Bolton said she reported her husband’s abuse only once, in 1996. Holifield was charged with misdemeanor domestic battery, records show, but the charges were dropped. Bolton never pursued the case, she said, in part because Holifield was in law enforcement and she questioned whether anyone would believe her.
Basketball was Bolton’s escape. On the court, she had the love and support of teammates and coaches, and she thrived. In 1996, Bolton and her Olympic team won the gold medal in Atlanta. Bolton was a darling of the 1996 squad, leading the team with 23 steals. The following year she joined the Monarchs, and became a cornerstone of the franchise. In her first season, she scored more than 19 points and grabbed nearly six rebounds per game.
Playing professional basketball in America was a dream come true. But her joy would dissipate, she said, when she would look into the stands at Arco Arena and see her husband, whom she said was a heavy drinker. “Every day that he didn’t hit me felt like a good day,” she said.
Bolton resided most of the year in Gainesville, where she and Holifield had a house and where her sister MaeOla and Ross lived. She also maintained an apartment in Sacramento.“I lived in fear,” she said. “It felt like I was trying to live two lives. I felt like a failure. I believed the devil wanted my marriage to fail, and I did not want him to win.
“I was used to fixing things,” she said. “I wanted to fix this.”
Filled with guilt and shame for being “a bad wife,” she said, she tried to please her husband by weighing her every word and “not messing up.” But no matter how hard she tried to appease him, she said, nothing worked. Finally, she persuaded Holifield to attend counseling with her, and their relationship improved a bit. But the effect was temporary.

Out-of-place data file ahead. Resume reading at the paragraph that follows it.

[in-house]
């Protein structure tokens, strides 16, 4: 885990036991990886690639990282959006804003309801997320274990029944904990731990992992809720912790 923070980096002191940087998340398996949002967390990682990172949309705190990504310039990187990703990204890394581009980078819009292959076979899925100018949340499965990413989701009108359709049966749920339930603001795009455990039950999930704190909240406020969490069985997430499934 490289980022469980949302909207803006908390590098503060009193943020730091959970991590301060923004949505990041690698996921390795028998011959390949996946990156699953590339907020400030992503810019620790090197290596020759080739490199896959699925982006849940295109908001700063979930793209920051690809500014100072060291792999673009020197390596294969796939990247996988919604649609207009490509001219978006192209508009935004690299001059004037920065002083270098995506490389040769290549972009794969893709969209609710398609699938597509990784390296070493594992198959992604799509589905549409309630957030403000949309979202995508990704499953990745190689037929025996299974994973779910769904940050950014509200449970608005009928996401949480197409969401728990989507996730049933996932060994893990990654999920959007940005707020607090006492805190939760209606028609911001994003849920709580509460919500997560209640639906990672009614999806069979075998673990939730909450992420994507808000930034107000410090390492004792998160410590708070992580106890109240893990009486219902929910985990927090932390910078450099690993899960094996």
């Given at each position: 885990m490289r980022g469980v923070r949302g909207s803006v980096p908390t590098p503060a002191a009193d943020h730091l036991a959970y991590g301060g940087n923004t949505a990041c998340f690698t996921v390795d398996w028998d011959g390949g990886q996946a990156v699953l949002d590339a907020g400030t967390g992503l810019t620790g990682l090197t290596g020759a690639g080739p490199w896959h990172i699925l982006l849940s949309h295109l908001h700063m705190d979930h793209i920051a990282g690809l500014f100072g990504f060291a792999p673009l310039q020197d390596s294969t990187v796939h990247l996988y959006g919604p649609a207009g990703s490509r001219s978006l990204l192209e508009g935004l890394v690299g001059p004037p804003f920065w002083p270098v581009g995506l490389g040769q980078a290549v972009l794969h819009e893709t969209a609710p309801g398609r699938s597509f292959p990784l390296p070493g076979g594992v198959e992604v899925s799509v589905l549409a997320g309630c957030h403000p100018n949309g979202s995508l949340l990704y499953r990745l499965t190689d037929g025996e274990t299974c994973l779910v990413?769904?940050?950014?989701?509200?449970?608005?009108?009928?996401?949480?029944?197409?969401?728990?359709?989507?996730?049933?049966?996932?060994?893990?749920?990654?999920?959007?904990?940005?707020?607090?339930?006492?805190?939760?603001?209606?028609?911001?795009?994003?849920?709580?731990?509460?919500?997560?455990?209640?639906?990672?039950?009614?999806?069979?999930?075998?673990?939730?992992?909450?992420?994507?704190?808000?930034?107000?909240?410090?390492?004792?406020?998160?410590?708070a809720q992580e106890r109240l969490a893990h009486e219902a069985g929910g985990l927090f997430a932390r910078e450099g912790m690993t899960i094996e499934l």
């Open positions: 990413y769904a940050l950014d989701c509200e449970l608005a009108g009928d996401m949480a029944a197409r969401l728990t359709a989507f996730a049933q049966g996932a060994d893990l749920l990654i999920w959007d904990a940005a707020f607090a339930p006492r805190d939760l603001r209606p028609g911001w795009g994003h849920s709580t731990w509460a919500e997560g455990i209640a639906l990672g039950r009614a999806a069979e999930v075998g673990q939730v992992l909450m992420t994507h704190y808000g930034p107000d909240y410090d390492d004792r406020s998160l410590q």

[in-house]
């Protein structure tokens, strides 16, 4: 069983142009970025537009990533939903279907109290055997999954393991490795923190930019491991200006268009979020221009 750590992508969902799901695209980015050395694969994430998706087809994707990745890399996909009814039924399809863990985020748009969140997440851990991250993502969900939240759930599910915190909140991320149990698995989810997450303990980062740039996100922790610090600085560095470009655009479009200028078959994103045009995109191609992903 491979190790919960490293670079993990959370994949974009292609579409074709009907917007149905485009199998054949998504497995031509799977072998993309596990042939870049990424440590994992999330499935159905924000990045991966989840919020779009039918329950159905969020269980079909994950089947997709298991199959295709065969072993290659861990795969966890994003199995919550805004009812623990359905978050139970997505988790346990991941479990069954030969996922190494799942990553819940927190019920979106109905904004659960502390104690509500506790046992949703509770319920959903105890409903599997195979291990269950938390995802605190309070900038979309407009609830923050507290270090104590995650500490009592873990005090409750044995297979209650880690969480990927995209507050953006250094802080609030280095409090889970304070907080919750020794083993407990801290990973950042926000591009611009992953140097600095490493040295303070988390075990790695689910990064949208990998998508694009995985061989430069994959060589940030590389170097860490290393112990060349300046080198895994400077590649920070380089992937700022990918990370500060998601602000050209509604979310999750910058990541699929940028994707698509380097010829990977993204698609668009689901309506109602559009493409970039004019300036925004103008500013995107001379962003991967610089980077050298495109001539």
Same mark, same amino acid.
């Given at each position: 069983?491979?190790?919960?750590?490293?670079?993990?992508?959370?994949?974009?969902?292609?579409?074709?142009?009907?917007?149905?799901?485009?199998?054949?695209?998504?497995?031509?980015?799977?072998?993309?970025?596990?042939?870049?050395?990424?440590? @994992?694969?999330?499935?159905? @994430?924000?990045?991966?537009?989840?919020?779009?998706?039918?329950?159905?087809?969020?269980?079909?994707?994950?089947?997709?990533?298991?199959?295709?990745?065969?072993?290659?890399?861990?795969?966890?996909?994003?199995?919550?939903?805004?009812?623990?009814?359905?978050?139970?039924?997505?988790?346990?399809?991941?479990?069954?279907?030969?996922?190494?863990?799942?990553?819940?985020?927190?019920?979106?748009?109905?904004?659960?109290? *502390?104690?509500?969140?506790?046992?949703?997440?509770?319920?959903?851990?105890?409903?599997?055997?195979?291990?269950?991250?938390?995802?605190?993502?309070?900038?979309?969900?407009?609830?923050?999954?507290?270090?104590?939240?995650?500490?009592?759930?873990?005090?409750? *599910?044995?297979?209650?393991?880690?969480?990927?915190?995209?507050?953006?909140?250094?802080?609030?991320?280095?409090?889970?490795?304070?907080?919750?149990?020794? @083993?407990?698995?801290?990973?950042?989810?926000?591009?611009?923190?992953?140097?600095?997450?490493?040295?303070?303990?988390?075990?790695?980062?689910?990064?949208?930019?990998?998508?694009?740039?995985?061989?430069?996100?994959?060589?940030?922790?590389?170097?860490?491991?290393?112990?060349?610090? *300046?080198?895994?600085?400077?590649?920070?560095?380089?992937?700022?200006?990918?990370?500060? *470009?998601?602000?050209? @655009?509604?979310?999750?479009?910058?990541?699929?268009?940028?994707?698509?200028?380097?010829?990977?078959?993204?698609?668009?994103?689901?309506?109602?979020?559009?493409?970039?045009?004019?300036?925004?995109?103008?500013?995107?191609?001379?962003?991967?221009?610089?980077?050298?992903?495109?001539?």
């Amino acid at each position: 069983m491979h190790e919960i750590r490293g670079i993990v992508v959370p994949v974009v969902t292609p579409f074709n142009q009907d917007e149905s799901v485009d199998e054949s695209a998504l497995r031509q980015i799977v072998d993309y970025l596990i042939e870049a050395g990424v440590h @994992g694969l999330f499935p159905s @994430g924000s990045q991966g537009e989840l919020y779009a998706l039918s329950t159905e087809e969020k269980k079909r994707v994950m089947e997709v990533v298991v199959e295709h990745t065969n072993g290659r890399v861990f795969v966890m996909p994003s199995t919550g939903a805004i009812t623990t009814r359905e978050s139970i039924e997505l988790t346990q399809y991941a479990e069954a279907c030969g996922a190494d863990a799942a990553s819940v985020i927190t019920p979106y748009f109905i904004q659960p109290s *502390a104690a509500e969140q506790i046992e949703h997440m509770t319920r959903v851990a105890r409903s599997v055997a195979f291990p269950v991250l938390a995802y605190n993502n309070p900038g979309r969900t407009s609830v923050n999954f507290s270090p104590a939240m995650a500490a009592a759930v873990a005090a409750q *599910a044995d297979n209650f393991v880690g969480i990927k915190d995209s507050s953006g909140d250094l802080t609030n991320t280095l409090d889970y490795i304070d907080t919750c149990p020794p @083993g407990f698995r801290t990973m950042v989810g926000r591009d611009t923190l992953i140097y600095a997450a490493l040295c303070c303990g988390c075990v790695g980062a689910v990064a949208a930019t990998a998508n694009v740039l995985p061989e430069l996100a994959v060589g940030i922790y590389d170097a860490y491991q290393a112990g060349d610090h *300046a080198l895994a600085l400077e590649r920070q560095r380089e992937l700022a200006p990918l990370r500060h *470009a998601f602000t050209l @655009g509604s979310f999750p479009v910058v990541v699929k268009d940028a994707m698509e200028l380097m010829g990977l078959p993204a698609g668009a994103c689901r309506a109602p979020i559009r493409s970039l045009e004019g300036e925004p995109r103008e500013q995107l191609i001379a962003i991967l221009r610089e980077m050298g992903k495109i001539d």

“He started hitting me again,” she said. At the urging of the counselor, she quietly packed an emergency “escape bag” filled with a change of clothes and other essentials and gave it to Ross.
In 1997, six years after they married, Bolton and Holifield decided to renew their wedding vows. Perhaps the ceremony, Bolton thought, would bring new life to their marriage and demonstrate her commitment to Holifield.
On the way to the church in Mississippi, Bolton said, Holifield cracked her across the face. Her eye swelled, and for the first time, her family pushed for answers.
At first, she told them she had bumped into a door. Then she confessed that Holifield had hit her. But he was sorry, she said, and she remained determined to save her marriage. “I wasn’t hearing God telling me to leave yet,” Bolton said. “I thought maybe my punishment was over, and I could be happy now.”
Her father listened, and gave her some advice. “If he ever threatens your life,” he pleaded, “please take it seriously.”
Later that day, Bolton renewed her vows to Holifield. MaeOla stood beside her as her maid of honor.
“I felt like I was the biggest hypocrite in the world,” MaeOla Bolton said in a phone interview. “I told my family, ‘We have let her down. We should have done something more to stop this.’ ”
Ruthie Bolton’s friends and family members said something within her changed on the night she left Holifield for good in 2002.
“She called me, very upset and scared, and asked if I could come and get her,” Ross recalled. “That was her real cry for help. It brought everything out into the open. I was involved. I wanted answers. I wanted to talk about it.”